11th Sunday After Pentecost, August 9, 2015

Eleventh Sunday after Pentecost (Year B)

Scripture Readings*: 2 Samuel 18:5-9, 15, 31-33, Psalm 130, Ephesians 4:25-5:2, John 6:35, 41-51

2 Samuel 18:5-9, 15, 31-33

David’s adultery with Bathsheba and his murder of Uriah make it very difficult for him to correct his own sons. They know too much about him. Absalom, in battle becomes entangled in a tree. He was left helpless, but alive. Although David had told his men to “deal gently with Absalom”, Joab kills David’s son. David is overcome with grief.

David’s desire to spare the life of Absalom placed his military men in an impossible dilemma. How could they win the victory for David, and at the same time, deal gently with Absalom? Perhaps David had hoped Absalom could be taken alive and that reconciliation could be made between father and son.

Ephesians 4:25-5:2

How does righteousness find expression in human relationships? 1) By putting off falsehood and speaking truthfully. This involves more than not lying. It involves an open sharing of our selves with one another, rejecting deceit. 2) By rejecting the sinful actions anger drives us toward. Anger that prevents reconciliation does not lead to unity. 3) By rejecting gossip and unwholesome talk. In our conversation we seek to build others up, not tear them down. 4) By ridding ourselves of bitterness, rage, slander, and every form of malice. In their place, we are to express kindness and compassion, forgiving each other as God has forgiven us.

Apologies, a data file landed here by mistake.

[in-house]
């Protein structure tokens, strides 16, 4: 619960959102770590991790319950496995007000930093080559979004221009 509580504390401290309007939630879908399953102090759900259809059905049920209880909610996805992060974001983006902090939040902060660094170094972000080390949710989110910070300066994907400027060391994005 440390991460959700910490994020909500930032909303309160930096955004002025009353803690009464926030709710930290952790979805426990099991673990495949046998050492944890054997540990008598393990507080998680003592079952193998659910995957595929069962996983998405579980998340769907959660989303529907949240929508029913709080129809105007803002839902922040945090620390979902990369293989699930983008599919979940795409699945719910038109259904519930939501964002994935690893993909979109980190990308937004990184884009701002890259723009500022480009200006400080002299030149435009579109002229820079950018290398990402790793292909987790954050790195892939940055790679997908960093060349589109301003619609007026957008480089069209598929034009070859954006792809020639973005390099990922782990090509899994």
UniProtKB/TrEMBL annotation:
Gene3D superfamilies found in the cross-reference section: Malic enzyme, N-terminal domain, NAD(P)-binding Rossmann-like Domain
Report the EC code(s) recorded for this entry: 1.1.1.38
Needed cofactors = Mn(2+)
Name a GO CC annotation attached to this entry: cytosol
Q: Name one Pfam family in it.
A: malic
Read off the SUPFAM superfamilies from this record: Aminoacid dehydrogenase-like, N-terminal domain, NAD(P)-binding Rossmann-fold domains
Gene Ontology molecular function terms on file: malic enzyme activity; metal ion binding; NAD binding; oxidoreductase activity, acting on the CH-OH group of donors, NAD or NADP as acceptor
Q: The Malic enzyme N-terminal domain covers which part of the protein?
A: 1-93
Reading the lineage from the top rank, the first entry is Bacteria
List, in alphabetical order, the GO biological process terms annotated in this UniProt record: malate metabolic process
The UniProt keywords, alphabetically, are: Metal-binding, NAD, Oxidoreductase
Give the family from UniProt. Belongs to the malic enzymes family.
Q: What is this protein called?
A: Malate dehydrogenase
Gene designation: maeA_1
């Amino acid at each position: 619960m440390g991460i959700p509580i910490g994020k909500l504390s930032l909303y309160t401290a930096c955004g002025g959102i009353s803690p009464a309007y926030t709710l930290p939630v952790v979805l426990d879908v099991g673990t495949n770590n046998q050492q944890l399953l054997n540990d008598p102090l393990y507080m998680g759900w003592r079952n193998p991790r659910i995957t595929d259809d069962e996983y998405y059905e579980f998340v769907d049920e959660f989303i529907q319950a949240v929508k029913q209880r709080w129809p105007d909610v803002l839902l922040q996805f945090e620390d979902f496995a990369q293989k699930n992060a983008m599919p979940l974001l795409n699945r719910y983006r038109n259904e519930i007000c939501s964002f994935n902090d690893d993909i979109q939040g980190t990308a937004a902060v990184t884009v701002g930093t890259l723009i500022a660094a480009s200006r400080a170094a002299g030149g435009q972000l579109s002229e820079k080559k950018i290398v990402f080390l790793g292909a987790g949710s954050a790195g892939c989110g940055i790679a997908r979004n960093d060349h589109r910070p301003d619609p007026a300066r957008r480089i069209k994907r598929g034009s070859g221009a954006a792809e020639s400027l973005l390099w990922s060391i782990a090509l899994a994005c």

John 6:35, 41-51bread-of-life-04

Knowing Jesus’ earthly family, the Jews were offended by his claims to be the “bread of life” (6:41–42). Jesus responded that only those granted faith by God could understand and respond to him, but those who did respond would find everlasting life (6:43–50).

Prophesying his sacrificial death, Jesus then declared that his very flesh was the bread of life (6:51) and that only by in some way “eating” his flesh and “drinking” his blood could anyone have everlasting life.

What’s the Word?

We’ve all waited anxiously for an expected phone call, a much-anticipated announcement. We know the power those words have to fill our hearts with hope or despair, with joy or with grief. A simple word can have enormous and lasting impact on our lives.

Today’s readings underscore the importance of the words we hear and the words we speak. David receives word of the death of his son and finds himself heartbroken. In his letter to the church in Ephesus, Paul stresses the importance of speaking honestly, rejecting gossip, and ridding ourselves of bitterness, rage, slander, and malice. And Jesus instructs, “Everyone who has heard and learned from the Father comes to me.”

What are we hearing? Do the messages we hear and the conversations we engage in reflect God’s truth, goodness, and beauty? What are we speaking? Do the words from our mouth bring God’s blessing and peace?

Prayer for Eleventh Sunday after Pentecost – Almighty God, through your Spirit, help me think, do, and say what is right, that I may proclaim, in word and deed, your goodness; through Jesus Christ, Amen.

*Readings are from the Revised Common Lectionary, Year B

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